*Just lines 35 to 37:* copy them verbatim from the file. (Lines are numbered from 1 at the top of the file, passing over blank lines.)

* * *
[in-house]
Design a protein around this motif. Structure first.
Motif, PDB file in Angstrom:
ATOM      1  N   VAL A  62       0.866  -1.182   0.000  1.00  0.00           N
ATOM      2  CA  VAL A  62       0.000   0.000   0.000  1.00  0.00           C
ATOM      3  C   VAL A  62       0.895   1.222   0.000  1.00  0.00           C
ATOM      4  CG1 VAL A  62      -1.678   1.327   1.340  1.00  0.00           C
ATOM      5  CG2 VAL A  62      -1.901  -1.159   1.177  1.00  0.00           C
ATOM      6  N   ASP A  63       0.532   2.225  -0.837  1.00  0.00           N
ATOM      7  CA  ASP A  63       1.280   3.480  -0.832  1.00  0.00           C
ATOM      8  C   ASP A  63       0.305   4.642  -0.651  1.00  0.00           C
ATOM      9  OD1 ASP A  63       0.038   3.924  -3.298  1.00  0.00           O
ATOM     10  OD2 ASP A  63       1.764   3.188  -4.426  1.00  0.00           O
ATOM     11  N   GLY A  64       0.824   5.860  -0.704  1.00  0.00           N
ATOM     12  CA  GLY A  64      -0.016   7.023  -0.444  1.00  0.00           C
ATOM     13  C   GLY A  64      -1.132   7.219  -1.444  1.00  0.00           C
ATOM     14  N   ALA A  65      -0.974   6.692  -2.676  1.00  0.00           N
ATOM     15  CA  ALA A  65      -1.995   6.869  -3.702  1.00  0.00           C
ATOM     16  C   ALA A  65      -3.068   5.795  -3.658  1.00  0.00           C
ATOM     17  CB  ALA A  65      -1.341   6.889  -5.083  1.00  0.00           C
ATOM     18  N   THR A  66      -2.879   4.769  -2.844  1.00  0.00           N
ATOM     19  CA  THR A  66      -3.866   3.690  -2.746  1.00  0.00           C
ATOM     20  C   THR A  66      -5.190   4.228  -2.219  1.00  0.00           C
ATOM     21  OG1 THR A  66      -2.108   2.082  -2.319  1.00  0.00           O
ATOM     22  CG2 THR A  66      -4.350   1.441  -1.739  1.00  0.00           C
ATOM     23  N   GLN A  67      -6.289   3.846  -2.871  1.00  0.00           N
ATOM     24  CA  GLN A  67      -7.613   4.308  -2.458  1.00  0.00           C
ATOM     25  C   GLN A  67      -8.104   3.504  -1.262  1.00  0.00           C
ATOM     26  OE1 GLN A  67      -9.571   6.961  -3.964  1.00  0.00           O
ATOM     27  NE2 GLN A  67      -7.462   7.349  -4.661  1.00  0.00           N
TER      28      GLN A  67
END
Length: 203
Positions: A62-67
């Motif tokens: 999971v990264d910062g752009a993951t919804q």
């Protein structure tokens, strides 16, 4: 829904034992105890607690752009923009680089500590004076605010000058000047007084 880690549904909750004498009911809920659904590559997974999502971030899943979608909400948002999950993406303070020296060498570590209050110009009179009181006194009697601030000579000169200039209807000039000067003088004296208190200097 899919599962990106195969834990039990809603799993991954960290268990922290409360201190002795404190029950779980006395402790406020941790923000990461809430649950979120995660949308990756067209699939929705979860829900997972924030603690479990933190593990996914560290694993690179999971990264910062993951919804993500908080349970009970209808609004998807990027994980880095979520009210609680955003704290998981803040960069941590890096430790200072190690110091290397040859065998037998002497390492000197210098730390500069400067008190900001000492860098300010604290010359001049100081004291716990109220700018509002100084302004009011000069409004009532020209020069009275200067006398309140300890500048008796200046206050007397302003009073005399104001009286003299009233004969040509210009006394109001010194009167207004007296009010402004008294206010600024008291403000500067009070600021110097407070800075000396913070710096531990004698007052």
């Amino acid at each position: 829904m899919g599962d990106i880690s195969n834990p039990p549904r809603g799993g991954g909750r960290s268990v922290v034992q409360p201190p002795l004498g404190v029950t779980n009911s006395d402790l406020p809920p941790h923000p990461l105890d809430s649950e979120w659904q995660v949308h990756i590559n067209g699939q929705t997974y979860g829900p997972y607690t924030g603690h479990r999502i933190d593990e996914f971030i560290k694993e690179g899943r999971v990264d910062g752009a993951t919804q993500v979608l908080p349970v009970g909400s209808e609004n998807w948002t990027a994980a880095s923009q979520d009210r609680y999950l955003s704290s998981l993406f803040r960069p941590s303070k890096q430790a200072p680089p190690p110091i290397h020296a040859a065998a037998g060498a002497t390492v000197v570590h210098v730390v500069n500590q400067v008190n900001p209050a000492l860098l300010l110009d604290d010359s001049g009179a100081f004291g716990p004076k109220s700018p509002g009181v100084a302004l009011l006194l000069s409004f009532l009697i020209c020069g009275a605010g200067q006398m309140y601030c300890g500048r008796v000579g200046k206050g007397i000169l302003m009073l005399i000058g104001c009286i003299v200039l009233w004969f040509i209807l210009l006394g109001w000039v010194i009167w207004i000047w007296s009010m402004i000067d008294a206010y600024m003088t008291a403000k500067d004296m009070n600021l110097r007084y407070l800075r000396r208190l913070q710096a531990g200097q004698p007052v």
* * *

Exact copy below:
């Motif tokens: 999971v990264d910062g752009a993951t919804q």
């Protein structure tokens, strides 16, 4: 829904034992105890607690752009923009680089500590004076605010000058000047007084 880690549904909750004498009911809920659904590559997974999502971030899943979608909400948002999950993406303070020296060498570590209050110009009179009181006194009697601030000579000169200039209807000039000067003088004296208190200097 899919599962990106195969834990039990809603799993991954960290268990922290409360201190002795404190029950779980006395402790406020941790923000990461809430649950979120995660949308990756067209699939929705979860829900997972924030603690479990933190593990996914560290694993690179999971990264910062993951919804993500908080349970009970209808609004998807990027994980880095979520009210609680955003704290998981803040960069941590890096430790200072190690110091290397040859065998037998002497390492000197210098730390500069400067008190900001000492860098300010604290010359001049100081004291716990109220700018509002100084302004009011000069409004009532020209020069009275200067006398309140300890500048008796200046206050007397302003009073005399104001009286003299009233004969040509210009006394109001010194009167207004007296009010402004008294206010600024008291403000500067009070600021110097407070800075000396913070710096531990004698007052």
């Amino acid at each position: 829904m899919g599962d990106i880690s195969n834990p039990p549904r809603g799993g991954g909750r960290s268990v922290v034992q409360p201190p002795l004498g404190v029950t779980n009911s006395d402790l406020p809920p941790h923000p990461l105890d809430s649950e979120w659904q995660v949308h990756i590559n067209g699939q929705t997974y979860g829900p997972y607690t924030g603690h479990r999502i933190d593990e996914f971030i560290k694993e690179g899943r999971v990264d910062g752009a993951t919804q993500v979608l908080p349970v009970g909400s209808e609004n998807w948002t990027a994980a880095s923009q979520d009210r609680y999950l955003s704290s998981l993406f803040r960069p941590s303070k890096q430790a200072p680089p190690p110091i290397h020296a040859a065998a037998g060498a002497t390492v000197v570590h210098v730390v500069n500590q400067v008190n900001p209050a000492l860098l300010l110009d604290d010359s001049g009179a100081f004291g716990p004076k109220s700018p509002g009181v100084a302004l009011l006194l000069s409004f009532l009697i020209c020069g009275a605010g200067q006398m309140y601030c300890g500048r008796v000579g200046k206050g007397i000169l302003m009073l005399i000058g104001c009286i003299v200039l009233w004969f040509i209807l210009l006394g109001w000039v010194i009167w207004i000047w007296s009010m402004i000067d008294a206010y600024m003088t008291a403000k500067d004296m009070n600021l110097r007084y407070l800075r000396r208190l913070q710096a531990g200097q004698p007052v």